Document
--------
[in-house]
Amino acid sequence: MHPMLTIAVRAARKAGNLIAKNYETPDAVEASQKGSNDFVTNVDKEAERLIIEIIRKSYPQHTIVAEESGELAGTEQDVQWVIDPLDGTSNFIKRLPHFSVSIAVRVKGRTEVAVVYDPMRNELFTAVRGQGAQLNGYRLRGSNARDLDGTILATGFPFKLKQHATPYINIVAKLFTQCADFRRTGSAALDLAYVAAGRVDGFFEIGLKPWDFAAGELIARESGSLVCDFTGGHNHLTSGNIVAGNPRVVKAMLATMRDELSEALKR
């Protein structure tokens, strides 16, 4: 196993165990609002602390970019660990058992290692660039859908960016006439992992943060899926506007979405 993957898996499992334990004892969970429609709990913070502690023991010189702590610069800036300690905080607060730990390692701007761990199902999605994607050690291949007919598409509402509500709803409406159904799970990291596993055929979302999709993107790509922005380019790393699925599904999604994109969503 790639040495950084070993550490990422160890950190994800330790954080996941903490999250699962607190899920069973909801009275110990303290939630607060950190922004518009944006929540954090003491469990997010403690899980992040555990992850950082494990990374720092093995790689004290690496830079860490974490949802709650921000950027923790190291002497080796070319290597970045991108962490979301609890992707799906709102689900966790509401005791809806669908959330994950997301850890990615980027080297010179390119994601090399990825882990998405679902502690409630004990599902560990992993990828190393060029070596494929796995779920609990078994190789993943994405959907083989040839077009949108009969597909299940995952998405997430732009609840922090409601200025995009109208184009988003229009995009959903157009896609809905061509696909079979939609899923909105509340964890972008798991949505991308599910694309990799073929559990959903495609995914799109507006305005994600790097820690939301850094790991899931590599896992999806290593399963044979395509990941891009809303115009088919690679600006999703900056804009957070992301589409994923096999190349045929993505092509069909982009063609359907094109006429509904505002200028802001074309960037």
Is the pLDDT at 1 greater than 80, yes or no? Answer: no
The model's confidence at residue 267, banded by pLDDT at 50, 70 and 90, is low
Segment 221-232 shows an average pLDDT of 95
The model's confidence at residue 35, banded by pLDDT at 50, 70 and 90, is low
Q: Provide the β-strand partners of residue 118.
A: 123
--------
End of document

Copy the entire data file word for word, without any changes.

[in-house]
Amino acid sequence: MHPMLTIAVRAARKAGNLIAKNYETPDAVEASQKGSNDFVTNVDKEAERLIIEIIRKSYPQHTIVAEESGELAGTEQDVQWVIDPLDGTSNFIKRLPHFSVSIAVRVKGRTEVAVVYDPMRNELFTAVRGQGAQLNGYRLRGSNARDLDGTILATGFPFKLKQHATPYINIVAKLFTQCADFRRTGSAALDLAYVAAGRVDGFFEIGLKPWDFAAGELIARESGSLVCDFTGGHNHLTSGNIVAGNPRVVKAMLATMRDELSEALKR
């Protein structure tokens, strides 16, 4: 196993165990609002602390970019660990058992290692660039859908960016006439992992943060899926506007979405 993957898996499992334990004892969970429609709990913070502690023991010189702590610069800036300690905080607060730990390692701007761990199902999605994607050690291949007919598409509402509500709803409406159904799970990291596993055929979302999709993107790509922005380019790393699925599904999604994109969503 790639040495950084070993550490990422160890950190994800330790954080996941903490999250699962607190899920069973909801009275110990303290939630607060950190922004518009944006929540954090003491469990997010403690899980992040555990992850950082494990990374720092093995790689004290690496830079860490974490949802709650921000950027923790190291002497080796070319290597970045991108962490979301609890992707799906709102689900966790509401005791809806669908959330994950997301850890990615980027080297010179390119994601090399990825882990998405679902502690409630004990599902560990992993990828190393060029070596494929796995779920609990078994190789993943994405959907083989040839077009949108009969597909299940995952998405997430732009609840922090409601200025995009109208184009988003229009995009959903157009896609809905061509696909079979939609899923909105509340964890972008798991949505991308599910694309990799073929559990959903495609995914799109507006305005994600790097820690939301850094790991899931590599896992999806290593399963044979395509990941891009809303115009088919690679600006999703900056804009957070992301589409994923096999190349045929993505092509069909982009063609359907094109006429509904505002200028802001074309960037």
Is the pLDDT at 1 greater than 80, yes or no? Answer: no
The model's confidence at residue 267, banded by pLDDT at 50, 70 and 90, is low
Segment 221-232 shows an average pLDDT of 95
The model's confidence at residue 35, banded by pLDDT at 50, 70 and 90, is low
Q: Provide the β-strand partners of residue 118.
A: 123